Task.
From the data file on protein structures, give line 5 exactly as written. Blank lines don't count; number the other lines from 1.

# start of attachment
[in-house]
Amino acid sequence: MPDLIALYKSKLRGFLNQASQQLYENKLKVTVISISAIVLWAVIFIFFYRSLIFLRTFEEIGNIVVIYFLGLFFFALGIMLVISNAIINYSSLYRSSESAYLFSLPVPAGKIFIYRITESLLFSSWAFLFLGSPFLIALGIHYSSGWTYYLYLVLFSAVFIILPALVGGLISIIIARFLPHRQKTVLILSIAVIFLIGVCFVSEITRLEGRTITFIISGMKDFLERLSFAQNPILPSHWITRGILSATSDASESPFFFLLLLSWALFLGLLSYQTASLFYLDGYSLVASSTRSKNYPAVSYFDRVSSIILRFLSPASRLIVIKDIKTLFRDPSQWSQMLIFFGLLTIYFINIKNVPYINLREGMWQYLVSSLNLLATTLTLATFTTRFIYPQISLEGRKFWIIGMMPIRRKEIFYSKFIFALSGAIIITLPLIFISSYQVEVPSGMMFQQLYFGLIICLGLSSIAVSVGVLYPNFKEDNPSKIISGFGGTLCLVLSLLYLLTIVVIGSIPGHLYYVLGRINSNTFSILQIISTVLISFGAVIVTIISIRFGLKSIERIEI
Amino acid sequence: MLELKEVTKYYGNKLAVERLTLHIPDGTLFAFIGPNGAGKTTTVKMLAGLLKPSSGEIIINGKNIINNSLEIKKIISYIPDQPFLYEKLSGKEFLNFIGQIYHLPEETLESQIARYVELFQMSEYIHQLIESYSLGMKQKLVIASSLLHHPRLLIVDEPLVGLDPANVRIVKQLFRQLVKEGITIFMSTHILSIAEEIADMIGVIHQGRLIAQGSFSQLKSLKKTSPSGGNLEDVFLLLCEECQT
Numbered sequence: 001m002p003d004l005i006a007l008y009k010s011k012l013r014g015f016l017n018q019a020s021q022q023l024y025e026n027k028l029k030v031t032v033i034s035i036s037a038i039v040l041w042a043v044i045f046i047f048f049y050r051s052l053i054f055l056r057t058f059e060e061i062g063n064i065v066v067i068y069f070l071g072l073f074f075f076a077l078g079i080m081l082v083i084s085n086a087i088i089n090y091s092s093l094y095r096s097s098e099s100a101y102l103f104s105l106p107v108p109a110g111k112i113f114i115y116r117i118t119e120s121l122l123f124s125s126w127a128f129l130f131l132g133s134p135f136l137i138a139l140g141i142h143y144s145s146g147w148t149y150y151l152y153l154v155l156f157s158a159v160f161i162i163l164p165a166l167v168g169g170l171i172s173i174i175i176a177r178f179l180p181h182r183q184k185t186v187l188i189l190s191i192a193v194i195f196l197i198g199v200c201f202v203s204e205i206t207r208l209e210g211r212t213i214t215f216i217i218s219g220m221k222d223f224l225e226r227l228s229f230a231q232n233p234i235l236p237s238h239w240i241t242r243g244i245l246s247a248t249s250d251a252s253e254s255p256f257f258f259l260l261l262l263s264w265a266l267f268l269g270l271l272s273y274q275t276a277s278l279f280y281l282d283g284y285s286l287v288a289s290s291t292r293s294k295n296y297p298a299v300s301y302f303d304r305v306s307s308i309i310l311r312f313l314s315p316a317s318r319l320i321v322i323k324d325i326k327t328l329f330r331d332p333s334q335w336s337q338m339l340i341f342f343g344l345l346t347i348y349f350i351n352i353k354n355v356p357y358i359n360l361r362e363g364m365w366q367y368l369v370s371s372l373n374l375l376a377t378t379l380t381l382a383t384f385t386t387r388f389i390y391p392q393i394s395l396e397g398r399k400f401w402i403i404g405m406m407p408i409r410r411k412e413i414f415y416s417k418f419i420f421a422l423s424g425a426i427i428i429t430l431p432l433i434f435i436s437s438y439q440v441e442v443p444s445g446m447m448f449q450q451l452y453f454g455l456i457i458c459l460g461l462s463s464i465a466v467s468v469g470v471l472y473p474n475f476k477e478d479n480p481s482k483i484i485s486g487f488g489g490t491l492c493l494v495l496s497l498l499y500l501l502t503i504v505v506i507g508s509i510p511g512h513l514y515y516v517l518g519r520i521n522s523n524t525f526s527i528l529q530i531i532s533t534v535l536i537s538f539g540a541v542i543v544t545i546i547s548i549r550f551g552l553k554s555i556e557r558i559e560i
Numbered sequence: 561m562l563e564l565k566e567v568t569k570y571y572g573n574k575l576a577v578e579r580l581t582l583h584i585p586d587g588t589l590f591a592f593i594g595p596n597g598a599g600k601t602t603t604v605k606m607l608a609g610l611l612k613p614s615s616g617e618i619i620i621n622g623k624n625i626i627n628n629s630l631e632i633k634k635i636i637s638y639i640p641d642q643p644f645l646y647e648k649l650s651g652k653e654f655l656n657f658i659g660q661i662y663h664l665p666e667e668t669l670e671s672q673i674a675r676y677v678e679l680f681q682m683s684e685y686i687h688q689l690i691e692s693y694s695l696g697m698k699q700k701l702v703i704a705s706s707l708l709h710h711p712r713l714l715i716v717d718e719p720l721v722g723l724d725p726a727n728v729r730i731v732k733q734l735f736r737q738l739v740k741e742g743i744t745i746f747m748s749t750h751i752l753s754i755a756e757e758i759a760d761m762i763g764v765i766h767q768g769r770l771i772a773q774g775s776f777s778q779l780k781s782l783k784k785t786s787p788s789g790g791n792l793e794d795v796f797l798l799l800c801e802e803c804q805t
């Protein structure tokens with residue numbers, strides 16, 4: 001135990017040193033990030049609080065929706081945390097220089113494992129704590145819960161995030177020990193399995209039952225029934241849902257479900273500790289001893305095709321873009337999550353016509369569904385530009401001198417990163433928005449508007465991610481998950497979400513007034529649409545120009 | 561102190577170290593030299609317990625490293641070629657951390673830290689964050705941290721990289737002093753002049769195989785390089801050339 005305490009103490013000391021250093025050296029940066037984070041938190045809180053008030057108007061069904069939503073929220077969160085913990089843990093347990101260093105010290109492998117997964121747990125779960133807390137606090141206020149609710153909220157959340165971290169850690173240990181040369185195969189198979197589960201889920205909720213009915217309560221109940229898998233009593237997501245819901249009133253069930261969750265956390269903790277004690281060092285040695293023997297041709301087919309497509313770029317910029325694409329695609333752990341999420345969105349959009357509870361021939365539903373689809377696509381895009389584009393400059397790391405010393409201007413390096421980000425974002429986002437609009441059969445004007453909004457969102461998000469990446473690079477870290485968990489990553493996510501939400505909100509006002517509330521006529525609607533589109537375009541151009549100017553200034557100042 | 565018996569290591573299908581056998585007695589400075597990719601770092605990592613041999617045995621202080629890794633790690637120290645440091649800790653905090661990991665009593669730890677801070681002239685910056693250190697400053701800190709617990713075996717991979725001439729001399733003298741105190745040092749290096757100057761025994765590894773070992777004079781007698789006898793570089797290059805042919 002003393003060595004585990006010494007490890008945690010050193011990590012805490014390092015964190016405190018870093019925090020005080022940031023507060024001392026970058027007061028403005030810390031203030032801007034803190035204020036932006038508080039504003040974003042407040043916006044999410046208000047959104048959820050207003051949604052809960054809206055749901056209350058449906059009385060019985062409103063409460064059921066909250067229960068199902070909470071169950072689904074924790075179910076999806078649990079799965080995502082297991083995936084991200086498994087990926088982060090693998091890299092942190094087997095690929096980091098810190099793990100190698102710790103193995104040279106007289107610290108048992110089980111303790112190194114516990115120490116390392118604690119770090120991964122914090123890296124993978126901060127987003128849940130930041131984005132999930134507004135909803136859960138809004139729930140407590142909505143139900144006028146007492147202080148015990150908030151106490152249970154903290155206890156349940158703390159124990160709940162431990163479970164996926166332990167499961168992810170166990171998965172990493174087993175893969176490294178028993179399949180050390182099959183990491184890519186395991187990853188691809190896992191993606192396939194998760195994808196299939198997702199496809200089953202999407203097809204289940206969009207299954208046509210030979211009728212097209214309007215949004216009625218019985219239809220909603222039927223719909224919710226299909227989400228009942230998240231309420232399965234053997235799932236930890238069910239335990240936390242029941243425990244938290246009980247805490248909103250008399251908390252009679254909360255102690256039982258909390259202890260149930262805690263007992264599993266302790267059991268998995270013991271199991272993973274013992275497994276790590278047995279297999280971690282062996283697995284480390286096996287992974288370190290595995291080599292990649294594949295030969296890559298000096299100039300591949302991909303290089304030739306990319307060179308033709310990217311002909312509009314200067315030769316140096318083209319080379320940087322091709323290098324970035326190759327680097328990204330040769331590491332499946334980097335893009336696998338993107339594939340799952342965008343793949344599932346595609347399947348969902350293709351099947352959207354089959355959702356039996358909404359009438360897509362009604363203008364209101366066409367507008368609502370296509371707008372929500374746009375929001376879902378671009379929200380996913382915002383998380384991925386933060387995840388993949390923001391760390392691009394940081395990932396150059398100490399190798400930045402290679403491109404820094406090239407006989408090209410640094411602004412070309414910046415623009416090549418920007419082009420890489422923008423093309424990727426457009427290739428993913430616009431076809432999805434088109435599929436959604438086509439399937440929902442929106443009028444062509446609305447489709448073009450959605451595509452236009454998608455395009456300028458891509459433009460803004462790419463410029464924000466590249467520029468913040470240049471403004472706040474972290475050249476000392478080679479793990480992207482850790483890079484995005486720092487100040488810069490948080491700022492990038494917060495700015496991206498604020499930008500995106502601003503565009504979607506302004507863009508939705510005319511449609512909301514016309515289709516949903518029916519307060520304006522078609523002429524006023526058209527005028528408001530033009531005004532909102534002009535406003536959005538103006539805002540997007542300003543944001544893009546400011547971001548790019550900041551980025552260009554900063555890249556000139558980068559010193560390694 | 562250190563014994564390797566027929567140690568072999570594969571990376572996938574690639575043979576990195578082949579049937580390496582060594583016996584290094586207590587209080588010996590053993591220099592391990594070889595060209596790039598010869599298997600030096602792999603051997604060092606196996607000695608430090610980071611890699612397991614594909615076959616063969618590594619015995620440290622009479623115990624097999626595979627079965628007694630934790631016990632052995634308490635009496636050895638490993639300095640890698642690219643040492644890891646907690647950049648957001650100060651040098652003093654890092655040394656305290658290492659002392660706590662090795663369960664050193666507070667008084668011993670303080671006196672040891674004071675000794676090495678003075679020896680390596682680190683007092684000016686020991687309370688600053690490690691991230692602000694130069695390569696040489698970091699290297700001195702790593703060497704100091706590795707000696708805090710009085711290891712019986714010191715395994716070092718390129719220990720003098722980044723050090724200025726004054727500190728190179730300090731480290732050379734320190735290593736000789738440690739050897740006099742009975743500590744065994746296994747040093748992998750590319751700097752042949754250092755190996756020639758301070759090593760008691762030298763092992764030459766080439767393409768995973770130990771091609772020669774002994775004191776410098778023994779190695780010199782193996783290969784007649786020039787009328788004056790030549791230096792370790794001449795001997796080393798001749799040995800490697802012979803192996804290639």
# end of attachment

Numbered sequence: 561m562l563e564l565k566e567v568t569k570y571y572g573n574k575l576a577v578e579r580l581t582l583h584i585p586d587g588t589l590f591a592f593i594g595p596n597g598a599g600k601t602t603t604v605k606m607l608a609g610l611l612k613p614s615s616g617e618i619i620i621n622g623k624n625i626i627n628n629s630l631e632i633k634k635i636i637s638y639i640p641d642q643p644f645l646y647e648k649l650s651g652k653e654f655l656n657f658i659g660q661i662y663h664l665p666e667e668t669l670e671s672q673i674a675r676y677v678e679l680f681q682m683s684e685y686i687h688q689l690i691e692s693y694s695l696g697m698k699q700k701l702v703i704a705s706s707l708l709h710h711p712r713l714l715i716v717d718e719p720l721v722g723l724d725p726a727n728v729r730i731v732k733q734l735f736r737q738l739v740k741e742g743i744t745i746f747m748s749t750h751i752l753s754i755a756e757e758i759a760d761m762i763g764v765i766h767q768g769r770l771i772a773q774g775s776f777s778q779l780k781s782l783k784k785t786s787p788s789g790g791n792l793e794d795v796f797l798l799l800c801e802e803c804q805t